Hara Bhara Kebabs

As much as I love meat kebabs, I wanted a veggie version too. This is what ‘hara bhara’ kebabs are. Pronounced ‘hurra burra’. ‘Hara’ means green, and ‘bhara’ means ‘full’. In other words, they’re kebabs that are full of greens.

Hara Bhara Kebabs

Not only are the spinach and peas good for you, but the spicy potato mixture that forms the basis of the kebabs gives it a real kick. Don’t think for a minute that these are bland or boring. Would I do that to you?


6 oz spinach leaves, washed and very finely chopped

8 oz potatoes, quartered and boiled

6 oz fresh peas, or frozen peas that have been cooked through, and drained

Large bunch fresh coriander, chopped, about 3 tbsps worth

1/2 – 3/4 tsp hot chilli powder

1 tsp salt

4 small green chillies, finely chopped

1 tbsp coarsely grated ginger, liquid squeezed out and discarded

1 slice of bread, blitzed into breadcrumbs

Oil for shallow frying

In a large bowl or pot, mash the potato with a fork until relatively smooth. Add the salt, chilli powder, ginger, green chillies, coriander and peas. Mix through.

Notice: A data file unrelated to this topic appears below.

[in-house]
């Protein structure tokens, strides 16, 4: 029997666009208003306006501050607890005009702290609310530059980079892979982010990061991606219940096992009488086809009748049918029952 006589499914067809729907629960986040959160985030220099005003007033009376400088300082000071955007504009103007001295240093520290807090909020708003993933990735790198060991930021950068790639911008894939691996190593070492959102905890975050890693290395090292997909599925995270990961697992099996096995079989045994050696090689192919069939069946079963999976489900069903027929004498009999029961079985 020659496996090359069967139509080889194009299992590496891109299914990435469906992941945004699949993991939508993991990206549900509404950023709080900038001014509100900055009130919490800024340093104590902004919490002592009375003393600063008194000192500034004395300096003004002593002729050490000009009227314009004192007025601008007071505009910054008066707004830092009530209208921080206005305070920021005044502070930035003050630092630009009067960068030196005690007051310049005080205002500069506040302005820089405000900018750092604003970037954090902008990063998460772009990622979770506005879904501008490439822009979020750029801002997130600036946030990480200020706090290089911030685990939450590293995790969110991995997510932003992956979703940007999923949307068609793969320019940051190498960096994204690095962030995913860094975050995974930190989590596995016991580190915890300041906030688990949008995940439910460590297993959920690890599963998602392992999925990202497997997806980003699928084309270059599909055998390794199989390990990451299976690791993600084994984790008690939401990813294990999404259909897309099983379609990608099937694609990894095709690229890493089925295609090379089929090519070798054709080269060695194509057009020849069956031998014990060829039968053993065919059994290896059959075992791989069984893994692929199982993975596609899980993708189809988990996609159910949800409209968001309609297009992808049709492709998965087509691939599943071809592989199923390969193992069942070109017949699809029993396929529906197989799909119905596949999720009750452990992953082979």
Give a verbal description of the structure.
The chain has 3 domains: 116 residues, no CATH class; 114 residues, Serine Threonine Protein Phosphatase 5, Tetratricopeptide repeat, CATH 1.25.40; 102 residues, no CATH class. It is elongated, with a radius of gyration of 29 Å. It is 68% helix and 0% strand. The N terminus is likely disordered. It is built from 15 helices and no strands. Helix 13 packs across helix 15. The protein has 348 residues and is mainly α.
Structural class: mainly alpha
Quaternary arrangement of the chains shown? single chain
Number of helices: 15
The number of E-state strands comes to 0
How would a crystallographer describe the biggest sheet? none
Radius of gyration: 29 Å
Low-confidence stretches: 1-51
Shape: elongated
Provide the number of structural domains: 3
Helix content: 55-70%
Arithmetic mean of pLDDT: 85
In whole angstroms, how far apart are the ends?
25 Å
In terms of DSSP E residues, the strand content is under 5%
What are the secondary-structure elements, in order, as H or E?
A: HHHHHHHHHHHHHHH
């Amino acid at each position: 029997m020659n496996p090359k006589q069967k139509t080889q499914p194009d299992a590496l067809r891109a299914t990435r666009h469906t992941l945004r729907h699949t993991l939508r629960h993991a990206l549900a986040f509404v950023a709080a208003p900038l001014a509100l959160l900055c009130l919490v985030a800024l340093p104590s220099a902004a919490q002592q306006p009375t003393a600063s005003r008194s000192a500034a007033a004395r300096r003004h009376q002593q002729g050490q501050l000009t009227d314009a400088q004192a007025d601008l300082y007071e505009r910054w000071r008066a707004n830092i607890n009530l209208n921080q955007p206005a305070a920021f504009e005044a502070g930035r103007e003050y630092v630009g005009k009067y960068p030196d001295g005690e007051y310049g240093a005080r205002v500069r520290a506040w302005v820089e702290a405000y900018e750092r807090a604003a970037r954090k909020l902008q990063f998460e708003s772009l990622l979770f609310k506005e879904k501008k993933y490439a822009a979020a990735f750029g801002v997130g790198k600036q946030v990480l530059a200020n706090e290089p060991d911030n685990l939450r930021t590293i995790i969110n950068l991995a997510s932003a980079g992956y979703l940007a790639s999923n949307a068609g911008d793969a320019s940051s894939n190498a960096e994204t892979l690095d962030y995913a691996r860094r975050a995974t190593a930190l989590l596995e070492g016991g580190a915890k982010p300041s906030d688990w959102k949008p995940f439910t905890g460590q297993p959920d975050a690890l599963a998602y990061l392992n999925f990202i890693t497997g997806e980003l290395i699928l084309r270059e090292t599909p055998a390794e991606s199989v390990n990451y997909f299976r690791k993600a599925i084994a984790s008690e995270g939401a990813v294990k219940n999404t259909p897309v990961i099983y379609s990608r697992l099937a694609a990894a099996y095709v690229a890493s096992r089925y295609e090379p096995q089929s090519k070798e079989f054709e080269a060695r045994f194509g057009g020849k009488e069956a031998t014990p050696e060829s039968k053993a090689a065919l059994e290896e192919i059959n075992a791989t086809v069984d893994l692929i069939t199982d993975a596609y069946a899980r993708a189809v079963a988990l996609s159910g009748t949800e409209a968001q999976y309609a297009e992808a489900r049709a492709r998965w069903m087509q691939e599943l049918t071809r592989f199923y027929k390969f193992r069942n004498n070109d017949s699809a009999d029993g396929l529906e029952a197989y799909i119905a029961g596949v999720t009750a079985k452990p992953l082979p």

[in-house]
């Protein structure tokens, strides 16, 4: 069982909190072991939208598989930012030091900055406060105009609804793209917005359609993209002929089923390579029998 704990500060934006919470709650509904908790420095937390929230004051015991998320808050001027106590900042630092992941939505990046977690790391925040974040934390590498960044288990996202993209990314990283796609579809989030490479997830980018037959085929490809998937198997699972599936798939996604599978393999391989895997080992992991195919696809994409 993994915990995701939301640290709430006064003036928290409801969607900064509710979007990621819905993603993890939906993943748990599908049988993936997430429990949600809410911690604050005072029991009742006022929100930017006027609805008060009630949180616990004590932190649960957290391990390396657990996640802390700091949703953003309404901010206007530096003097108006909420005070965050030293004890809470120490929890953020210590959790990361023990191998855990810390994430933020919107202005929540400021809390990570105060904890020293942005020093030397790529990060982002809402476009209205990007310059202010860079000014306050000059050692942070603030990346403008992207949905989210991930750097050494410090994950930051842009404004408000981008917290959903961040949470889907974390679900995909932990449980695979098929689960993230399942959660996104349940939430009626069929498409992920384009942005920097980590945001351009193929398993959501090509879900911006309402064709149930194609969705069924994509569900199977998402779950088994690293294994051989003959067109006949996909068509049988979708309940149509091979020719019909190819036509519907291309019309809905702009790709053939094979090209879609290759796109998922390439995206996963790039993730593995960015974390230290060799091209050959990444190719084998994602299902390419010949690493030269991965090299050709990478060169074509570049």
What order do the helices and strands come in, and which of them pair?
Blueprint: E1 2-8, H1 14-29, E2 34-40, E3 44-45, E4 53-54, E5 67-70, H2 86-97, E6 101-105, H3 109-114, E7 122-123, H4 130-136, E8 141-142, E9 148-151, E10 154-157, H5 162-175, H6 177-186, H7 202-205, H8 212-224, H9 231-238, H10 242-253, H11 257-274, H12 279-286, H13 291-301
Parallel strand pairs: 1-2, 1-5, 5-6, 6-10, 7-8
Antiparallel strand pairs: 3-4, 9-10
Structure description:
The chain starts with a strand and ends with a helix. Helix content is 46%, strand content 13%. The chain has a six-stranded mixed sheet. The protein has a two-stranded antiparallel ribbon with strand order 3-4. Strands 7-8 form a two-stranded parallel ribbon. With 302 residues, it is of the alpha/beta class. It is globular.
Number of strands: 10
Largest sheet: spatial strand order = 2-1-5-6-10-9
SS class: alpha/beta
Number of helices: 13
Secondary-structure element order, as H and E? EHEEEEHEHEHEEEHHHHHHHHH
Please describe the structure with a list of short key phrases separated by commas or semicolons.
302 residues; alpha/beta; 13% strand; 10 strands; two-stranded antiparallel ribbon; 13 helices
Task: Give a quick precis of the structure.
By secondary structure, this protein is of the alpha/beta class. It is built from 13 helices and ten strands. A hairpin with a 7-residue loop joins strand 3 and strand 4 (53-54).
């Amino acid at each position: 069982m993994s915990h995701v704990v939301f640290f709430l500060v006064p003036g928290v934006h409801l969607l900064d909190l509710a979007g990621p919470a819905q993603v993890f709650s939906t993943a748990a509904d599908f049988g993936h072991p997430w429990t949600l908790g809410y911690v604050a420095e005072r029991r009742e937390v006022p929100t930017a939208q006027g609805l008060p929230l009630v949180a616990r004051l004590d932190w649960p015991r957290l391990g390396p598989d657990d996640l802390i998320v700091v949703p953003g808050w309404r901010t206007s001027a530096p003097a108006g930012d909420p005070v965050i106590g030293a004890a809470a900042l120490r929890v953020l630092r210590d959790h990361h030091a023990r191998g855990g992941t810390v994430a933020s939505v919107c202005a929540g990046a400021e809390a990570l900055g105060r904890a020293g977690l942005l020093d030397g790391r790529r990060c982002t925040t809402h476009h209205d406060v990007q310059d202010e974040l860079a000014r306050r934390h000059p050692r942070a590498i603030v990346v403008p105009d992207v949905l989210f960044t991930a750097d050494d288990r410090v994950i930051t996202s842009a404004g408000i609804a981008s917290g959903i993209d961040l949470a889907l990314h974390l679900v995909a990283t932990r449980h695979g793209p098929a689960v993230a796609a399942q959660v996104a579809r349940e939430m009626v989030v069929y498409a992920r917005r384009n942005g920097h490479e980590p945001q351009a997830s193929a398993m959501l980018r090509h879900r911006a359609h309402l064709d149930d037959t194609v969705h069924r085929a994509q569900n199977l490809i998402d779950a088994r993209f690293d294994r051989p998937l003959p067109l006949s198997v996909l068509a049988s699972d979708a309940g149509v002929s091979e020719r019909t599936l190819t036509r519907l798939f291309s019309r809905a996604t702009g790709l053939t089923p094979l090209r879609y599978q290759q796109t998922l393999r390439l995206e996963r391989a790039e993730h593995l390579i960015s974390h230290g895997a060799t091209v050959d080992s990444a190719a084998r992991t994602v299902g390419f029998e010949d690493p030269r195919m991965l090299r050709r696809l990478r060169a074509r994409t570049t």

Hara Bhara step 1

It’s very important that everything you add to the potatoes has had any excess moisture removed. So the ginger should be squeezed, the peas and spinach should be drained. Too much moisture will make the mixture fall apart when you fry it.

Add the spinach and mix through again. Now add the breadcrumbs to firm it up.

Shape and fry one kebab – about 6 cms in diameter and about 2 cms thick. 5 minutes on each side should do it on a low heat. The kebab should be golden brown. Taste it. Then tweak your remaining mixture. More salt? More chilli?

Flour your hands, shape the mixture into patties and place in the fridge for at least 30 minutes to firm up. It makes it less likely the kebabs will fall apart in the pan.

When you’re ready, fry them in batches in a tablespoon of oil, gently turning them over after 5 minutes.

Serve with chutney or yoghurt. Why not make both these kebabs and the chicken ones? The variety looks brilliant on a plate, and it gives people options, not to mention a few of their 5 a day…


I cannot stress enough how important it is to ensure you don’t add lots of moisture into the mix. It makes the kebabs go a bit soggy and they can fall apart. So make sure the peas and spinach are well-drained, and that once you’ve grated the ginger, you squeeze most of the liquid out of it.

You could use half white potatoes and half sweet potatoes as a variation..

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